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Today's Top News
UN Human Rights Commissioner Questions Legality of US Drones
Navi Pillay: “I see the indiscriminate killings and injuries of civilians in any circumstances as human rights violations.”
The UN High Commissioner for Human Rights, Navi Pillay, has questioned the legality of U.S. drone strikes at a news conference in Islamabad today, Agence France-Presse reports.
Pillay stated, “Drone attacks do raise serious questions about compliance with international law.”
Pillay also highlighted the drones' killing of civilians. “I see the indiscriminate killings and injuries of civilians in any circumstances as human rights violations.”
Jameel Jaffer and Nathan Wessler also question the legality of the drones and the CIA's sweeping classification of "all military-age males in a strike zone as combatants" in an op-ed in the Guardian on Wednesday writing, "direct targeting of noncombatants is a war crime; indeed, it is the prototypical one."
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Navi Pillay: “Drone attacks do raise serious questions about compliance with international law.”Agence France-Presse: UN backs probe into US drone civilian casualties
“Drone attacks do raise serious questions about compliance with international law,” Pillay told a news conference in Islamabad.
“The principle of distinction and proportionality and ensuring accountability for any failure to comply with international law is also difficult when drone attacks are conducted outside the military chain of command and beyond effective and transparent mechanisms of civilian or military control,” she said. [...]
“I see the indiscriminate killings and injuries of civilians in any circumstances as human rights violations.” [...]
“Because these attacks are indiscriminate it is very, very difficult to track the numbers of people who have been killed,” she said.
“I suggested to the government that they invite the United Nations Special Rapporteur on Summary or Arbitrary Executions and he will be able to investigate some of the incidents.”
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Jameel Jaffer and Nathan Wessler writing in the Guardian
First the 'targeted killing' campaign, then the targeted propaganda campaign
[The New York Times story last week on President Obama's "kill list"] has already received a great deal of coverage, but two aspects of it deserve more attention.
The first has to do with the targeted killing campaign itself. Long before the New York Times story was published, human rights organizations questioned the campaign's lawfulness. At the ACLU, we sued (pdf) over elements of the campaign two years ago, contending that the US government's then-proposed (and now-realized) killing of Anwar al-Awlaki in Yemen would violate both international law and the US constitution.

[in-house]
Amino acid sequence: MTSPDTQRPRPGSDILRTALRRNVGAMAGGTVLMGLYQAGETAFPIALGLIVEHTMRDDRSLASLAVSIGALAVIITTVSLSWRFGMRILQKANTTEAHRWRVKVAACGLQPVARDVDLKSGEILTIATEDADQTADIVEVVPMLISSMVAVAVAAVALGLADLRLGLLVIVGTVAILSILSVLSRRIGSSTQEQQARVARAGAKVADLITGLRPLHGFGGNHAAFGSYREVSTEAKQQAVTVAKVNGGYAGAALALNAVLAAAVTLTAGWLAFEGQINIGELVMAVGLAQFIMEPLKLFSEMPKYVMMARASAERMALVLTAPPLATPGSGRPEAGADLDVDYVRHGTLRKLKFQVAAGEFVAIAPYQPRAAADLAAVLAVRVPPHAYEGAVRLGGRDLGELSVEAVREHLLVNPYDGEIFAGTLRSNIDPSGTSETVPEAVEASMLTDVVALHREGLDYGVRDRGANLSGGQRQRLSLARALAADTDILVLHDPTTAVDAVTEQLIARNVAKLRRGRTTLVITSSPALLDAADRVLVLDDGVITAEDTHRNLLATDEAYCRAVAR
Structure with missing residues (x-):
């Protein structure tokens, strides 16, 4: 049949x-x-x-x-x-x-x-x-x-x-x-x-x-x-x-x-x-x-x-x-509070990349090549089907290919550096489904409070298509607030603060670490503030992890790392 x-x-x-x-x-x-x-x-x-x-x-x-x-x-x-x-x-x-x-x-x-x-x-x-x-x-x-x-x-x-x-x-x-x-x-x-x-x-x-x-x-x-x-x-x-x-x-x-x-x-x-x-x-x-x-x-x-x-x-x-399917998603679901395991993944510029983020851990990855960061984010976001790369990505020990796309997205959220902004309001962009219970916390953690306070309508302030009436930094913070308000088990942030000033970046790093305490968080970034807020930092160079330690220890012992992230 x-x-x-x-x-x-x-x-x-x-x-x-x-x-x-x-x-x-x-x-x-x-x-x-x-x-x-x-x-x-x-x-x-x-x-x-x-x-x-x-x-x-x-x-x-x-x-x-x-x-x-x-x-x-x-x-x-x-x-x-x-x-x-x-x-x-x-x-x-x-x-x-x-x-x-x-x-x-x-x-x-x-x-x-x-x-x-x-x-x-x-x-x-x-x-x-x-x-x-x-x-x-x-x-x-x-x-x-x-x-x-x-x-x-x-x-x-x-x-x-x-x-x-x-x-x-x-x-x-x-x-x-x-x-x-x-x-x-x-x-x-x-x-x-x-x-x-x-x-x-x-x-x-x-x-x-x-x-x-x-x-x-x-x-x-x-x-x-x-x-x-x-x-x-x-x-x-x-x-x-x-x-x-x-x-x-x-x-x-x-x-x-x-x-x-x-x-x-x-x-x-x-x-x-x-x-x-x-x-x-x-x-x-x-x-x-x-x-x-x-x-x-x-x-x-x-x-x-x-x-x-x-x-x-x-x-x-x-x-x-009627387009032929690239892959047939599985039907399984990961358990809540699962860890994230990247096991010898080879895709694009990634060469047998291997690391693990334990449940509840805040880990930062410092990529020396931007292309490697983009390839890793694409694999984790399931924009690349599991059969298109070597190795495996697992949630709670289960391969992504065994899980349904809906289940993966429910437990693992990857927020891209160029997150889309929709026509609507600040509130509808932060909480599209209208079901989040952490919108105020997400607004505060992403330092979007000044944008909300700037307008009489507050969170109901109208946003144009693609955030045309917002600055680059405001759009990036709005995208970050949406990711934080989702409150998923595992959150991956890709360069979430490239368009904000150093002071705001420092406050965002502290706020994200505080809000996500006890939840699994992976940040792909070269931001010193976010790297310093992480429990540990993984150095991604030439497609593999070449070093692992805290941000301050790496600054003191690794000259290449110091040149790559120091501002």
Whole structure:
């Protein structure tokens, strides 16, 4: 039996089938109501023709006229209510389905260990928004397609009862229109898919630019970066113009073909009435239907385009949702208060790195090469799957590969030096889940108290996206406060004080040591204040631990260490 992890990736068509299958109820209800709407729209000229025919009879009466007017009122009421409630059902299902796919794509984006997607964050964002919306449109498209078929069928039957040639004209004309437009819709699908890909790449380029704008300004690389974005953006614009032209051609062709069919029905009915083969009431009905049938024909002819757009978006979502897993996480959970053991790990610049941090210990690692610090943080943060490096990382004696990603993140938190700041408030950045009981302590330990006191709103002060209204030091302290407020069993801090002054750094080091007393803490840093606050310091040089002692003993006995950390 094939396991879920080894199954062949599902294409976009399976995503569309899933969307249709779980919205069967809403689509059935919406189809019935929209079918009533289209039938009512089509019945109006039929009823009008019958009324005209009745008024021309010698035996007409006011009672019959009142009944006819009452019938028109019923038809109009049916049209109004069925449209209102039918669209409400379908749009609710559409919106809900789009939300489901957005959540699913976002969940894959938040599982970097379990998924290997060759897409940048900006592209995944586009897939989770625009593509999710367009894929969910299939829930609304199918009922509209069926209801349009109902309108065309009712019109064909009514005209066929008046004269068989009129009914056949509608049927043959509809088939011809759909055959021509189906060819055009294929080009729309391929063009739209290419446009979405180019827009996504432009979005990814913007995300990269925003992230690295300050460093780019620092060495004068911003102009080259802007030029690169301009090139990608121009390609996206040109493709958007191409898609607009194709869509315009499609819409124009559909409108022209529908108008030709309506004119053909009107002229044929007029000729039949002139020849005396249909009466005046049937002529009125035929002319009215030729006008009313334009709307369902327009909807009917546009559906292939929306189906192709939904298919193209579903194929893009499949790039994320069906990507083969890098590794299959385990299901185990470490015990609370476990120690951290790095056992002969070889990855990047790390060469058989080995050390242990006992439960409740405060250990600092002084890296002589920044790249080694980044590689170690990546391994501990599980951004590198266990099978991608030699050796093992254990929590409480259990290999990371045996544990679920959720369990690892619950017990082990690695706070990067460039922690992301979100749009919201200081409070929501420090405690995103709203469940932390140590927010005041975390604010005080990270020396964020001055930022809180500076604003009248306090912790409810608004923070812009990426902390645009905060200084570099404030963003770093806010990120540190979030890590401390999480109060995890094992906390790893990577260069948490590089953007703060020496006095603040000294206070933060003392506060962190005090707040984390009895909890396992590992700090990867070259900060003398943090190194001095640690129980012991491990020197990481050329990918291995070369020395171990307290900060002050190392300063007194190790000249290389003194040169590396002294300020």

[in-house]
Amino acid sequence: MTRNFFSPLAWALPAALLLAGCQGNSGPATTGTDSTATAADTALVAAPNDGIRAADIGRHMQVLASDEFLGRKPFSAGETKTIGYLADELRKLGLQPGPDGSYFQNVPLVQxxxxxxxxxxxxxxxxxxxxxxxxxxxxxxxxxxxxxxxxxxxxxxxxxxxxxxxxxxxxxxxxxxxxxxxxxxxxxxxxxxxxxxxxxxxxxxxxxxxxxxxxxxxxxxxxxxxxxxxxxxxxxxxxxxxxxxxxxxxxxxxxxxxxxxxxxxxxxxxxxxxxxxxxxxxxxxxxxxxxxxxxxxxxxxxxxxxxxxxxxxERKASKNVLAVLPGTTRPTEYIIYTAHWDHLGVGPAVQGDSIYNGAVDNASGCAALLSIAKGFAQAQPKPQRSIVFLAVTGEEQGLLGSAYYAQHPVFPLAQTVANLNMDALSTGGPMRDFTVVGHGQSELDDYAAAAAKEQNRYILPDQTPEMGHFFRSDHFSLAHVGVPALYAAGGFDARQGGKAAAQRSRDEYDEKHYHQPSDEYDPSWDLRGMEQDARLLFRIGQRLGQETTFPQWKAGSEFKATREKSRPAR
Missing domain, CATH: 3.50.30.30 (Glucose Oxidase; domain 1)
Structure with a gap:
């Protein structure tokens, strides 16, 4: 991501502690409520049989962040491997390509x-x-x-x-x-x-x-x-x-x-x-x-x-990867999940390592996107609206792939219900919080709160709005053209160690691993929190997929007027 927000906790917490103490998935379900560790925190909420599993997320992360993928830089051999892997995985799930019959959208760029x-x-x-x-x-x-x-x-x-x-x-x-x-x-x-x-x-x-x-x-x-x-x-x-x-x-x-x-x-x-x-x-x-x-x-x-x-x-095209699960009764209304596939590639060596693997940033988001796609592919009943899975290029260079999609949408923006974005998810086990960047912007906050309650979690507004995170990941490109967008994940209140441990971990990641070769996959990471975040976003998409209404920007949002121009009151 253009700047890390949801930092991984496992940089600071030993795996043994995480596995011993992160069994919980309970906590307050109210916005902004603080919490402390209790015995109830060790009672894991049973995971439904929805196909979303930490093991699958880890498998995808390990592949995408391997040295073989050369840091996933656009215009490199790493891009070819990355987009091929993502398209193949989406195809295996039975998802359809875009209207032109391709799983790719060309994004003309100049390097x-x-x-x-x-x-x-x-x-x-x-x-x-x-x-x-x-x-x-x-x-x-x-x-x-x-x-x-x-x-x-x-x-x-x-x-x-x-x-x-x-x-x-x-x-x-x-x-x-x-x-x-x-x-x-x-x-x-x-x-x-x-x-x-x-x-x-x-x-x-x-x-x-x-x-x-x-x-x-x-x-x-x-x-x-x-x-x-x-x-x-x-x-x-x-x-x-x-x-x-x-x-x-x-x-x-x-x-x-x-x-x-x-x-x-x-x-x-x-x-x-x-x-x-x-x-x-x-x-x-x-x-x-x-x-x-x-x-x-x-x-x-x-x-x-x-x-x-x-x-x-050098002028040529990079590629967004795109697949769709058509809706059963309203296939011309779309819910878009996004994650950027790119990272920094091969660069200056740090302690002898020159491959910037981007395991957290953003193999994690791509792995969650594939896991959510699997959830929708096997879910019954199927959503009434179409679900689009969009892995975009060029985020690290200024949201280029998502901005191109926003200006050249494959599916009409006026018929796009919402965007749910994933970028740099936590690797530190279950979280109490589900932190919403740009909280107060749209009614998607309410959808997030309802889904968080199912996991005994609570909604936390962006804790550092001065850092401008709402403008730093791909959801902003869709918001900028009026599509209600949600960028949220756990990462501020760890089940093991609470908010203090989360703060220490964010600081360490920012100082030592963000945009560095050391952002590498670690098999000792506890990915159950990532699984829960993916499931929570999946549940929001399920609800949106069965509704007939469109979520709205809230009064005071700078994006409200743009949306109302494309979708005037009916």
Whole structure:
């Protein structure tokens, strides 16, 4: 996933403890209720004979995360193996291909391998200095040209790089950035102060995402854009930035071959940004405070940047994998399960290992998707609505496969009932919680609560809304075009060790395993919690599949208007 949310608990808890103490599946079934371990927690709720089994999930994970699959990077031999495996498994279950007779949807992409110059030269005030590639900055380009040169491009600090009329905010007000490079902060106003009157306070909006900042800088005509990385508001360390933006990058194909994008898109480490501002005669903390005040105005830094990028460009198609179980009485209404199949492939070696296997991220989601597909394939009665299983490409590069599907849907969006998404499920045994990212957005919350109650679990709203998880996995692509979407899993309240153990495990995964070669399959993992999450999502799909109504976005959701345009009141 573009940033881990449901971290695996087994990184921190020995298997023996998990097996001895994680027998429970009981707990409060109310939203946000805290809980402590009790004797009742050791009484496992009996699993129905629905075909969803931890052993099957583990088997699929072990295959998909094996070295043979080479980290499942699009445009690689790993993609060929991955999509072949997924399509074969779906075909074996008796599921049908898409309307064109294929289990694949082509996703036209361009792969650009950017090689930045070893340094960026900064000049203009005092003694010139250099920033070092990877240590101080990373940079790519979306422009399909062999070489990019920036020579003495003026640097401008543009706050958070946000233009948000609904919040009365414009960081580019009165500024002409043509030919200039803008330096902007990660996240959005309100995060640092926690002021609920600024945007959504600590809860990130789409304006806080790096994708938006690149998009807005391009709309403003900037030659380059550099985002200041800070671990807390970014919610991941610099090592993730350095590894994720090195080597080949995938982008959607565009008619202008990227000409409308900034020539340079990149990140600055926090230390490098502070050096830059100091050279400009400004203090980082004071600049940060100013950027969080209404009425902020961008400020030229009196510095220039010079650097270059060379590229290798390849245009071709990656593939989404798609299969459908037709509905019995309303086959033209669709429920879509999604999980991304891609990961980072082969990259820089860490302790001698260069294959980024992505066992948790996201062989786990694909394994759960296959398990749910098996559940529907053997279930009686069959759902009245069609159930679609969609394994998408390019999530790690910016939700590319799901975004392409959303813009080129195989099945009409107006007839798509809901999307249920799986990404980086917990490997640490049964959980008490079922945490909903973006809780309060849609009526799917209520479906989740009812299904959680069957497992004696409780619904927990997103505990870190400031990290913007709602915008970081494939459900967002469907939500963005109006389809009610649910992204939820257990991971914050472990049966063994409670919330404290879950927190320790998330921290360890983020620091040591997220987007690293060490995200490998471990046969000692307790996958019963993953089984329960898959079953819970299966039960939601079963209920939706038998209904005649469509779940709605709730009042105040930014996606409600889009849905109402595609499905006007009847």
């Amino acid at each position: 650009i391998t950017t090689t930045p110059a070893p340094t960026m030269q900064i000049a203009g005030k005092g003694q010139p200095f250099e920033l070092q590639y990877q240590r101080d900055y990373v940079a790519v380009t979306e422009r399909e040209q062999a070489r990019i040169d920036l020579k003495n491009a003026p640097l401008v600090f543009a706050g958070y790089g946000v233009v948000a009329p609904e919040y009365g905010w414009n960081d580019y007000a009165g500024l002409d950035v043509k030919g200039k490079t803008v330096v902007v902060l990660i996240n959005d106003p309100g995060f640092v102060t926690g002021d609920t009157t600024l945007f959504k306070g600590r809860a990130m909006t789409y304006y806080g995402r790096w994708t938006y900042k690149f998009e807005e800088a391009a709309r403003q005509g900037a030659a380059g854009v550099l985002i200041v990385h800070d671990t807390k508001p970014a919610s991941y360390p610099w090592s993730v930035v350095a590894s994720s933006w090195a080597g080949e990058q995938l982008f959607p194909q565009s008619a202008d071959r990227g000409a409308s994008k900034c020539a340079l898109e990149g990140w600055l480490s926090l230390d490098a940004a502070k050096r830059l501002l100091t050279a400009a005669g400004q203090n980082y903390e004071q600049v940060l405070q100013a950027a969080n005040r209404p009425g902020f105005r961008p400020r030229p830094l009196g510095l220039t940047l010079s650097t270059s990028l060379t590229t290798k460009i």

"The New York Times story suggests the legal foundation of the targeted killing campaign is not simply shaky, but rotten."But the New York Times story suggests the legal foundation of the targeted killing campaign is not simply shaky, but rotten. One problem is that the US government appears to take a very broad view of who can be targeted. At one point, officials at the State Department complained to the White House that the CIA seemed to believe that any group of "three guys doing jumping jacks" was a terrorist training camp.
Another problem, and perhaps an even deeper one, is in the government's approach towards individuals who are not targeted – not in the conventional sense of the word, anyway. According to the New York Times, the government "counts all military-age males in a strike zone as combatants … unless there is explicit intelligence posthumously proving them innocent".
"A 'shoot first, ask questions later' policy is entirely inconsistent with international law, not to mention morally grotesque."If this is true, it is astounding. The government has an obligation under international law to distinguish combatants from noncombatants – and, as far as reasonably possible, to avoid causing noncombatants harm. Direct targeting of noncombatants is a war crime; indeed, it is the prototypical one. It surely need not be explained that the government's obligation is to distinguish combatants from noncombatants while they are still alive, not after they have been killed. A "shoot first, ask questions later" policy is entirely inconsistent with international law, not to mention morally grotesque.
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[Tuesday's drone attack killing Libyan-born al Qaeda operative Abu Yahya al-Libi] is likely to fuel an increasingly fierce debate about the legality and morality of the drones, which have become one of the chief U.S. weapons against al Qaeda but which opponents say stretch the definition of the legitimate use of lethal force. [...]
White House officials say there is nothing in international law that forbids the use of the drones and that, by killing dangerous insurgents, they are making Americans safer.
That view has been challenged by authorities in Pakistan, who are angry because many of the strikes have happened on their soil, and by rights campaigners.
Civil liberties groups argue that the strikes are illegal because they take place outside an active battlefield, meaning the rules of law which allow a combatant to kill their opponent do not apply.